They help in the investigation of three funerary sites

To read on The University of Manchester website:

Note: In the UK, the term of ‘Learning disability’ is used instead of ‘Intellectual disability’.

Manchester helps youngsters dig up the past

16 Jul 2015

funerary

The Pure Innovations team

Young people with disabilities are getting their hands dirty whilst working on an archaeological dig this summer.

This is thanks to a partnership between The University of Manchester University and Pure Innovations which is giving two young people from Rochdale with learning disabilities the opportunity to join an archaeological excavation at Dorstone Hill in Herefordshire.

Their experience at the site will form one of the challenges that they will undertake in order to achieve the prestigious Gold Duke of Edinburgh Award.

Pure Innovations, a national charity that supports people with disabilities and helps them to reach their potential and achieve social inclusion, have been running the Duke of Edinburgh Scheme in Rochdale for the last two years.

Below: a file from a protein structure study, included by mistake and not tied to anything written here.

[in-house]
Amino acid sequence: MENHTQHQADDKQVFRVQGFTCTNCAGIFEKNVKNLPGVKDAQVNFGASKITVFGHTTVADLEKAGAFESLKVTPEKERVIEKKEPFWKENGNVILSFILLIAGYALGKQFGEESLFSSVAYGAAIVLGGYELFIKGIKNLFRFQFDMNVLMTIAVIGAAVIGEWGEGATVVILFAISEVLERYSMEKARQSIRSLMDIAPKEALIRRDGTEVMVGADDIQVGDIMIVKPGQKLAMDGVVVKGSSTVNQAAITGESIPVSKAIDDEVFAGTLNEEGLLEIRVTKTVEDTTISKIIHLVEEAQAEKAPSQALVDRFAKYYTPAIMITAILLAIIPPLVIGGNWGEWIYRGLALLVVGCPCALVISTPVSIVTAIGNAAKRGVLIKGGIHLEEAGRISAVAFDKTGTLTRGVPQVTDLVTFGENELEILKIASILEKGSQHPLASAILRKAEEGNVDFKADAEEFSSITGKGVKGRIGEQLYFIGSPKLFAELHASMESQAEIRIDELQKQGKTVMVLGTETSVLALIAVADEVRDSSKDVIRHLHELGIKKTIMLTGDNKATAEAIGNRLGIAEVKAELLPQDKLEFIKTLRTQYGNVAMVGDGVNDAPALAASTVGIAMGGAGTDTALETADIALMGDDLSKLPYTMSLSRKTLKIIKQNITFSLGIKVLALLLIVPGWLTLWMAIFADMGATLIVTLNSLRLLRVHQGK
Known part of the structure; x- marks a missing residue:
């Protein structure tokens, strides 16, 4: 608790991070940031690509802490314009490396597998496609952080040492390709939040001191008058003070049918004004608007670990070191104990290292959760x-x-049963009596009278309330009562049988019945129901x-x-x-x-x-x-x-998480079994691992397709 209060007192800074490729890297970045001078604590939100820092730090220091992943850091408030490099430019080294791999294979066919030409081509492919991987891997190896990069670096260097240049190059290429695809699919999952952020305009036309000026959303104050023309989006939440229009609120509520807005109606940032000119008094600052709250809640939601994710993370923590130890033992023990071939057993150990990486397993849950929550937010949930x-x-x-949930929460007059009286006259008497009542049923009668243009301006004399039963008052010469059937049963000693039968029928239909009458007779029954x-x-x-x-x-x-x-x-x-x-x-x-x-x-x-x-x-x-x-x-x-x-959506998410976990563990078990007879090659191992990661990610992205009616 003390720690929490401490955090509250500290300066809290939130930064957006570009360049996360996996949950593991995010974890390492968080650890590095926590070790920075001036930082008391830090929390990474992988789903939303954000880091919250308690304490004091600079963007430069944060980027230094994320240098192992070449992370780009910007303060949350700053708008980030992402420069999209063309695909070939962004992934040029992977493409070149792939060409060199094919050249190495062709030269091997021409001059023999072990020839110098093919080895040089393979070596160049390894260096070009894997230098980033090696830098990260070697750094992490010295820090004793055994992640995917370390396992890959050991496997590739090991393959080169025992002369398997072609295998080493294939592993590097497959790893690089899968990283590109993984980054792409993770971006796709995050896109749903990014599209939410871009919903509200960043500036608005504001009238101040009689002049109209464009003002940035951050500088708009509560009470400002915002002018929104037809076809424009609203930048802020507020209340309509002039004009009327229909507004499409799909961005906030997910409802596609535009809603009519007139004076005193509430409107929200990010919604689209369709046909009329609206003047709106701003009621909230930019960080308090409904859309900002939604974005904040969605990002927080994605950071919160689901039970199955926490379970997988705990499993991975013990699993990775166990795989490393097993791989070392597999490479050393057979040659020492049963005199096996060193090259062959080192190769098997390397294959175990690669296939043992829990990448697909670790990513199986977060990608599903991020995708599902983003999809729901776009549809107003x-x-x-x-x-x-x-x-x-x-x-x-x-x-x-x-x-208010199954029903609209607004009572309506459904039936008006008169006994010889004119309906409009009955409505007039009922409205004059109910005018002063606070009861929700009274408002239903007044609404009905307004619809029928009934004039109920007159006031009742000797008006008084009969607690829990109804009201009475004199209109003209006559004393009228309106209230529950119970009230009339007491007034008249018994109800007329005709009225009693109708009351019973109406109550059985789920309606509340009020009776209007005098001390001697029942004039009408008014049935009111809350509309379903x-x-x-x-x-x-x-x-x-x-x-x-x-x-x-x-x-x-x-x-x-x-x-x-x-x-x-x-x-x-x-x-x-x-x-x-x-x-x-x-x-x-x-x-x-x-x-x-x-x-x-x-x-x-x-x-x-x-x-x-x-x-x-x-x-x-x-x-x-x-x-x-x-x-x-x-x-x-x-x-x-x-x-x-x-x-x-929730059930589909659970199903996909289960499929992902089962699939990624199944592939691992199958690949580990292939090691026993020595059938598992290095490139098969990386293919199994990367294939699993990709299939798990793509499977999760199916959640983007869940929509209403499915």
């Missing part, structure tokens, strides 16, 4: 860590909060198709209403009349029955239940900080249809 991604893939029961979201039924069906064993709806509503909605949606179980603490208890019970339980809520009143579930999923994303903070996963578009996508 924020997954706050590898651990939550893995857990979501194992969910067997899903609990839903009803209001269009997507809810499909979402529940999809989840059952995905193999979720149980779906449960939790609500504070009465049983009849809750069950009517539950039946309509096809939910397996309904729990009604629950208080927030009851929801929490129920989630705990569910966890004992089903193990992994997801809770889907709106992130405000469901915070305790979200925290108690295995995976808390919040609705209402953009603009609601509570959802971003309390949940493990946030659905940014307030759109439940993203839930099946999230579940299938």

The grant funding was provided by NHS Heywood, Middleton and Rochdale Clinical Commissioning Group’s Social Investment Fund, which supports services that deliver health and wellbeing benefits to the local community, foster inclusion and prevention and enable people to live better lives.

To date eight people have gained their Bronze and Silver Awards and have grown immeasurably in self-confidence, self-esteem and aspirations for themselves in the process.

Two of the disabled young people are still young enough to aim for the Gold Award and if successful will be off to Buckingham Palace to collect their Award alongside other young high achievers in the Country.

One part of the award requires them to take part in a residential experience for a week – as a result the youngsters will be taking their place alongside University undergraduates to help in the investigation of three funerary long mounds dating to the Early Neolithic period (c. 4000-3500 BC).

This important site has previously been reported in the national and international press, owing to the presence of the remains of burnt timber buildings sealed beneath the mounds which is a most unusual finding.

Notes for editors

The excavation at Dorstone Hill is being directed by Dr Keith Ray (Nexus Heritage) and Professor Julian Thomas from The University of Manchester who are both available for interview.

Media enquiries to:

Kath Paddison
Media Relations Officer
The University of Manchester
Tel: 0161 275 0790
Email: kath.paddison@manchester.ac.uk

Catherine Thomas
Pure Innovations
Tel: 07872 423214
Email: Catherine.Thomas@pureinnovations.co.uk

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